Ricky Spicer was just 12 years old when he sang about being “Bound” to fall for the girl of his dreams on the 1971 album “2+2+1= Ponderosa Twins Plus One.”
Now 56, the retired Cleveland native has resurfaced–not to restart his career but to defend his old work from "Yeezus."
Spicer filed a lawsuit on Dec. 23 against Kanye West, who he alleges sampled his voice without his authorization or consent to produce the song “Bound 2.”
Roc-A-Fella Records, Inc., Universal Music Group, Inc., Island Def Jam Music Group, Rhino Entertainment Company doing business as Rhino Records, and Kanye Omari West are all listed as defendants in the suit.
“Mr. Spicer was the lead vocalist when the group recorded ‘Bound.’ His voice can distinctly be heard throughout the song, including its chorus, which contains the following words sung by Mr. Spicer: ‘Bound, bound; Bound to fall in love,” Spicer's suit alleges.
Spicer is demanding a trial by jury in a Manhattan Supreme Court, according to documents released by the New York County Clerk.
According to the complaint, Spicer is the only member of Ponderosa Twins Plus One both living and able to take up the issue, as Alvin and Alfred Pelham are deceased and Kirk and Keith Gardner are both currently in prison.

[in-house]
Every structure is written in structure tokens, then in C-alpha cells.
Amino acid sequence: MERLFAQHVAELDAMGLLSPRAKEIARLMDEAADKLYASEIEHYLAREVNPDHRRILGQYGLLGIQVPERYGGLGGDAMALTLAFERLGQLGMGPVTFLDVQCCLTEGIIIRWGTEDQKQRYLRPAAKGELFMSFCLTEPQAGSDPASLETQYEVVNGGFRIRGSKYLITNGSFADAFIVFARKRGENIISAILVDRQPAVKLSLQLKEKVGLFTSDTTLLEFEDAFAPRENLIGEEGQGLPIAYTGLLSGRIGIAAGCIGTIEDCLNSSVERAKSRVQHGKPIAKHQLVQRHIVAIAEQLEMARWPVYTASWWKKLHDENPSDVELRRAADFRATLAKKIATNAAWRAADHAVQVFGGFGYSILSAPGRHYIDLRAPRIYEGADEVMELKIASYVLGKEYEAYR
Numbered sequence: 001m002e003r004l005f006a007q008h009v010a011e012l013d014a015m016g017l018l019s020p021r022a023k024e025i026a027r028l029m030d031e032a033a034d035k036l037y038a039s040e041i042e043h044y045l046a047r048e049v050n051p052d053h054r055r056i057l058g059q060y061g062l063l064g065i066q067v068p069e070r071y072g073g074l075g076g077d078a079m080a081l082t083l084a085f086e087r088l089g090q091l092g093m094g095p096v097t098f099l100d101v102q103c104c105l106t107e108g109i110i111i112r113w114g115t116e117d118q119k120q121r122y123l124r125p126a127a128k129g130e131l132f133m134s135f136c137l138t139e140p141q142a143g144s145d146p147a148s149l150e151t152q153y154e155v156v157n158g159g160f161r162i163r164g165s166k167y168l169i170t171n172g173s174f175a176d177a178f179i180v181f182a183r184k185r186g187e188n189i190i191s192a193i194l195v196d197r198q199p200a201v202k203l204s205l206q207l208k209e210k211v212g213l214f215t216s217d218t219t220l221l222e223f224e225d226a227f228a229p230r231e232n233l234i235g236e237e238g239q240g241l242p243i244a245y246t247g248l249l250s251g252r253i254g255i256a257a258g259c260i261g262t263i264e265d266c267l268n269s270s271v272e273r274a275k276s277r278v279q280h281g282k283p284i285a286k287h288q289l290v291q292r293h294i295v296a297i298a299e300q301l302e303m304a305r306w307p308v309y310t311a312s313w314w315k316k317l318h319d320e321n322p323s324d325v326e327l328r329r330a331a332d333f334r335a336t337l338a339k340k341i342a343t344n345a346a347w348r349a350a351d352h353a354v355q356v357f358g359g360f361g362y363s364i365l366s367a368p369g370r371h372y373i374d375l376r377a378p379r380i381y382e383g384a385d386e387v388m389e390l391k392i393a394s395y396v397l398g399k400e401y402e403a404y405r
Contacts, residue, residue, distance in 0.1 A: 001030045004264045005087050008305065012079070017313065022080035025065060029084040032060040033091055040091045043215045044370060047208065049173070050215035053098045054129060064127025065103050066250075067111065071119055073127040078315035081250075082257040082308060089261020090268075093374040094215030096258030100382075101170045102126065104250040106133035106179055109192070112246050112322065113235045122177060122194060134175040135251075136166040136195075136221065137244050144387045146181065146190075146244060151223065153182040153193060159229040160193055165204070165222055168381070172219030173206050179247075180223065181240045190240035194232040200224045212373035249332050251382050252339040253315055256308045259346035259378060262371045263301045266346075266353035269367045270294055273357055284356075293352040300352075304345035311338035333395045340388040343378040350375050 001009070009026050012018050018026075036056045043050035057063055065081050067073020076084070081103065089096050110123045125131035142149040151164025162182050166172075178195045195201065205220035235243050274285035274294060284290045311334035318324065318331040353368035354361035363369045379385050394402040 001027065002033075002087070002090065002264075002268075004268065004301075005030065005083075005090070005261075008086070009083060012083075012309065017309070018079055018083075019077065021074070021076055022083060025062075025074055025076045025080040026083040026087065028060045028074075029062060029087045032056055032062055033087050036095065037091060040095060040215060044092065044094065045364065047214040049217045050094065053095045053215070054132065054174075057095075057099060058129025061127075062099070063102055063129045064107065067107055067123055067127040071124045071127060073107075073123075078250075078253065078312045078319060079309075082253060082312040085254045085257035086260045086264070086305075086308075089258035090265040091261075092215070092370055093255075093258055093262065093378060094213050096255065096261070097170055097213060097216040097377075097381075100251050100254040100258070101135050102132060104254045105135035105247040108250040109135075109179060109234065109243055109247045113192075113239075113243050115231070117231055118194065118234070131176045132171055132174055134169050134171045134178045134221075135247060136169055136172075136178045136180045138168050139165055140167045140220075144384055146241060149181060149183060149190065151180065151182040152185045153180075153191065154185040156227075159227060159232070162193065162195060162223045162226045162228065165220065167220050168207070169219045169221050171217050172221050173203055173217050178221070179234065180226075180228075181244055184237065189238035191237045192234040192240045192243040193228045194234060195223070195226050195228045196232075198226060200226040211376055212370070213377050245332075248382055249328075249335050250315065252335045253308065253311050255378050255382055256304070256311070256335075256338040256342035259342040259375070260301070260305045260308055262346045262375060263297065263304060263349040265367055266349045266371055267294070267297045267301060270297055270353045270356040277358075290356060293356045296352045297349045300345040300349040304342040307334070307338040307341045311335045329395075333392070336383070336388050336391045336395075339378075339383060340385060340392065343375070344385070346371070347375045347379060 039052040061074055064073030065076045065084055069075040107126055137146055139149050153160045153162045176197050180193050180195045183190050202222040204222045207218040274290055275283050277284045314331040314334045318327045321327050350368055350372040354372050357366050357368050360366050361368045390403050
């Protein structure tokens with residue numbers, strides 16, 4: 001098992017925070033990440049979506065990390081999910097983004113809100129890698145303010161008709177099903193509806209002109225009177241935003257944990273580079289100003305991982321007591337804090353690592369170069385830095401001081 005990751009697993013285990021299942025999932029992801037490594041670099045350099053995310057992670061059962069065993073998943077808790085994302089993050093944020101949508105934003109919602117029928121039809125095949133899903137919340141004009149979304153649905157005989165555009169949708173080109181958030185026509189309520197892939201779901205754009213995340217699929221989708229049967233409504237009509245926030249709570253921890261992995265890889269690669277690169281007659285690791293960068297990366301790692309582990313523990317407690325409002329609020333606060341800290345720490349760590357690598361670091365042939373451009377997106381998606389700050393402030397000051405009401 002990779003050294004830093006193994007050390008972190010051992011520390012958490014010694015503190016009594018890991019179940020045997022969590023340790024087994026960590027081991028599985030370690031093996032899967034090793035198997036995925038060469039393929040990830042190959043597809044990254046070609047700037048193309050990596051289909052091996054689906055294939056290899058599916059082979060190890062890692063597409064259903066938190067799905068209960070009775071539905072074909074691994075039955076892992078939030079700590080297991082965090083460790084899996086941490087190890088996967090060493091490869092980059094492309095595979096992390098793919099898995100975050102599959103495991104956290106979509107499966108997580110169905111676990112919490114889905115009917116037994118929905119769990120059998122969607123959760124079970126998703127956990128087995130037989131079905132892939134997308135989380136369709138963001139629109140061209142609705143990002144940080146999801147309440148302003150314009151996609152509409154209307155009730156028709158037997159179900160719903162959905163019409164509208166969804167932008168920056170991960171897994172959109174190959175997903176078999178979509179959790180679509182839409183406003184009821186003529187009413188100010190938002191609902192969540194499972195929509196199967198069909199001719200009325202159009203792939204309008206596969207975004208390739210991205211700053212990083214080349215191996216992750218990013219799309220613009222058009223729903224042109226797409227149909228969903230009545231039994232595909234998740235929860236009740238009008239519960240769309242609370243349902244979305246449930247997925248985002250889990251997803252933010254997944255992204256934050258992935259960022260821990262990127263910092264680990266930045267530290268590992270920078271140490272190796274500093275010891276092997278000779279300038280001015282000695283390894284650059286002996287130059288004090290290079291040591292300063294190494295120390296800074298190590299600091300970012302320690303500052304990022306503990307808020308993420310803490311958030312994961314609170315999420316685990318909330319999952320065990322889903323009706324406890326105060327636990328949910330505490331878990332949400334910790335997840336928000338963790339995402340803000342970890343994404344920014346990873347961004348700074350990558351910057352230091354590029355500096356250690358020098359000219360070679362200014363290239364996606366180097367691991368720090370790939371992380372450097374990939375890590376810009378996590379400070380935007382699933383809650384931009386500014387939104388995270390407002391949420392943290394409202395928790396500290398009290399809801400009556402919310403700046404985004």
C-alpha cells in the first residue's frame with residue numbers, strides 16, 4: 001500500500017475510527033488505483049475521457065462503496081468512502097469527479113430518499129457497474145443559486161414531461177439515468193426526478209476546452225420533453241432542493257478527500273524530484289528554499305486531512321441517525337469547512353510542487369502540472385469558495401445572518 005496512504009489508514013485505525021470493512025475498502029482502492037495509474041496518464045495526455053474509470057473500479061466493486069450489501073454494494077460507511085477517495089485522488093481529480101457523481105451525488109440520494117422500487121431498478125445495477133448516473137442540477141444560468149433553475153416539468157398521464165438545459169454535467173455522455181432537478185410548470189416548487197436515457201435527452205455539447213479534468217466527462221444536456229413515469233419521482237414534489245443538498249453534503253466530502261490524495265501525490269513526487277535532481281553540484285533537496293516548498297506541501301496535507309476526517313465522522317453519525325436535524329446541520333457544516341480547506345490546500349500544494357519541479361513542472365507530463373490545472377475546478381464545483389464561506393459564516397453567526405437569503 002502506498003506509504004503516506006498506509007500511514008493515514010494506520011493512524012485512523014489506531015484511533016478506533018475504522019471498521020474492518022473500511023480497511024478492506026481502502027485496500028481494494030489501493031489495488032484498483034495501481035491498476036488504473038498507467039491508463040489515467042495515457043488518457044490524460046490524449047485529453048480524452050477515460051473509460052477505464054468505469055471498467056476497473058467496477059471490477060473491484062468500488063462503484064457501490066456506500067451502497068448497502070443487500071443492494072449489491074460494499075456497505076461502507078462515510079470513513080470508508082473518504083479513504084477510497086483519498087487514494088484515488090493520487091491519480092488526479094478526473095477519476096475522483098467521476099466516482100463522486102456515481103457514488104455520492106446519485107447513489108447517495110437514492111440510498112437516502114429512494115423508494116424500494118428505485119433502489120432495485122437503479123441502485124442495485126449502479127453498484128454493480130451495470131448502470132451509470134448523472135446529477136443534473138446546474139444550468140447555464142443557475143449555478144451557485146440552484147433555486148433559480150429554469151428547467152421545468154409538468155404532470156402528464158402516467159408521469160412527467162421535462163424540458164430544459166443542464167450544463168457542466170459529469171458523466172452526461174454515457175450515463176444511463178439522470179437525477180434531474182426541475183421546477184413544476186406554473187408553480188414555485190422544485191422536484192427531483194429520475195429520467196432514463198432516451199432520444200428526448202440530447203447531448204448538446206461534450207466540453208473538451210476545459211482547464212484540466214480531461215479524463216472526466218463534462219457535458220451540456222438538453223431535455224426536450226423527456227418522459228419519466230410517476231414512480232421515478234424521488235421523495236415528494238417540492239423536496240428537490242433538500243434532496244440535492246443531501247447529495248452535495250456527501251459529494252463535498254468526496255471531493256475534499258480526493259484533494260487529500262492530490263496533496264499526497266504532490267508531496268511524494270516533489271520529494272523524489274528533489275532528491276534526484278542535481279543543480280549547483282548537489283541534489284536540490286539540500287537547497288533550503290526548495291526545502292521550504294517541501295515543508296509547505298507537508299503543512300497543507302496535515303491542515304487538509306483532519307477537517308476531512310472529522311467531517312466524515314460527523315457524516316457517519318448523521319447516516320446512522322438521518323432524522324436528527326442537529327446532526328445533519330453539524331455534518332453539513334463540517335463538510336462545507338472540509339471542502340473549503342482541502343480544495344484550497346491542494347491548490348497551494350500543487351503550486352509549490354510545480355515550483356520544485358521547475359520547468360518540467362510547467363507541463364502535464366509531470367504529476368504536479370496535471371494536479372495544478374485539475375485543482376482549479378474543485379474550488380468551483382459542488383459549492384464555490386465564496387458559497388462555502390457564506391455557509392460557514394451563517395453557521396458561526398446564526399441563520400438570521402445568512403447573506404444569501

The lawsuit alleges that Spicer was never adequately compensated for his recordings as a child with Ponderosa Twins Plus One, though he did go on to work briefly with Gladys Knight and James Brown.
According to court documents, Spicer was listening to the radio one day this year when he heard his own voice singing back to him.
“The chorus, which contains Mr. Spicer’s lead vocal, is heard at least four times throughout ‘Bound 2’ including the beginning, middle and end of the song,” the complaint states. “Mr. Spicer’s voice is sampled exactly as he recorded it and his voice, altered by the defendants, is also heard several times.”
The song is the final track on West’s sixth studio album, “Yeezus,” which according to court documents sold more than 327,000 copies during its first seven days on sale.
Spicer seeks an immediate injunction to stop “any further unauthorized use or exploitation of plaintiff’s name,” along with damages, reasonable costs, and attorney fees.